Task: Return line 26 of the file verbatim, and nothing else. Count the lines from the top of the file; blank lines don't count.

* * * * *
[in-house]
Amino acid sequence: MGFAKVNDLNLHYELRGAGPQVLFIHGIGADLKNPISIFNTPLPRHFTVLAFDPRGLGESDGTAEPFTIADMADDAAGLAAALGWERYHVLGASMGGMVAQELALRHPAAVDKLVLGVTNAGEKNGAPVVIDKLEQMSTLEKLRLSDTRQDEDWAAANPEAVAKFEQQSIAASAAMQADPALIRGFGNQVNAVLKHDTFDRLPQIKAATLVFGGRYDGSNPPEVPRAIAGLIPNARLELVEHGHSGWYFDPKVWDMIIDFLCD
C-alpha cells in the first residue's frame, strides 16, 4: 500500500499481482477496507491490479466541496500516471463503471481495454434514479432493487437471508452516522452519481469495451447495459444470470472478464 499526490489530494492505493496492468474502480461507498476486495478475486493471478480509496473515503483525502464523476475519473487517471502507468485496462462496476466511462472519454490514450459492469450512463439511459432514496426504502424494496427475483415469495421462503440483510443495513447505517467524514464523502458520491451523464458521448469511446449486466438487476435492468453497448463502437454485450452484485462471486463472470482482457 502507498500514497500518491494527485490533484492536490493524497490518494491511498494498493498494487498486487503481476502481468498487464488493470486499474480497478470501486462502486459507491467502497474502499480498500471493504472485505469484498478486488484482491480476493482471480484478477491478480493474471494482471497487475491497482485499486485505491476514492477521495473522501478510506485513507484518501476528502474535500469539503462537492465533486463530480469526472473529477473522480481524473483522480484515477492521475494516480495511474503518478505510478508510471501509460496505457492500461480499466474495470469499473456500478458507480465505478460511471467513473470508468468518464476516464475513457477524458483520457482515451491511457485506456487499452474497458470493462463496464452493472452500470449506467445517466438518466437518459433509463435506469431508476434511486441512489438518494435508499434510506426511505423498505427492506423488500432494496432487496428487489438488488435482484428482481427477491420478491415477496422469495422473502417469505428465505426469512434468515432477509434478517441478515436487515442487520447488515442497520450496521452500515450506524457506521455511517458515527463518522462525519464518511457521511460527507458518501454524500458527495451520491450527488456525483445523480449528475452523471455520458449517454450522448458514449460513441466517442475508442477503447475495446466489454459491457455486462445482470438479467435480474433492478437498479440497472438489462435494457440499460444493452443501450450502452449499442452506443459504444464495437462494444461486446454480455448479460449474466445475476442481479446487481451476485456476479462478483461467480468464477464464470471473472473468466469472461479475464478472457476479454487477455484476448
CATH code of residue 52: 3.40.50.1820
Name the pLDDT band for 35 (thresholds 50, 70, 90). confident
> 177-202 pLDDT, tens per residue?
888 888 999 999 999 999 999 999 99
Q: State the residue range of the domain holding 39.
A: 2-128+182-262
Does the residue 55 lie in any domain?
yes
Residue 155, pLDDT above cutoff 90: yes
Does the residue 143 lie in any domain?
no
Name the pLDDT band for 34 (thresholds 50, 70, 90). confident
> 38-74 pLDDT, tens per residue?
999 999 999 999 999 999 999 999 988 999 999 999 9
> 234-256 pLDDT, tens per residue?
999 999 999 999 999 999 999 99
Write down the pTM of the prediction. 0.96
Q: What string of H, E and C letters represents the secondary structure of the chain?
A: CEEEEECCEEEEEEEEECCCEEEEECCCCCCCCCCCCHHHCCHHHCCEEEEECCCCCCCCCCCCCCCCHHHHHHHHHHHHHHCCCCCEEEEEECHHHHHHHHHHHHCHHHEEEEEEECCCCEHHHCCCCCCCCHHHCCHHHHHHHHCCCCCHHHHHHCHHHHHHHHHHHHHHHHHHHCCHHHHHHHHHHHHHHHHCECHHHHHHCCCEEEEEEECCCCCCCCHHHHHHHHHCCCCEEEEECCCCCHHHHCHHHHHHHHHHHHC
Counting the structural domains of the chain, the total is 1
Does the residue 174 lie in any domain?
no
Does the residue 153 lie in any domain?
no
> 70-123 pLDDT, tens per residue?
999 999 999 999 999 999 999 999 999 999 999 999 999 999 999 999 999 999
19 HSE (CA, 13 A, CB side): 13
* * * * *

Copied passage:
Does the residue 153 lie in any domain?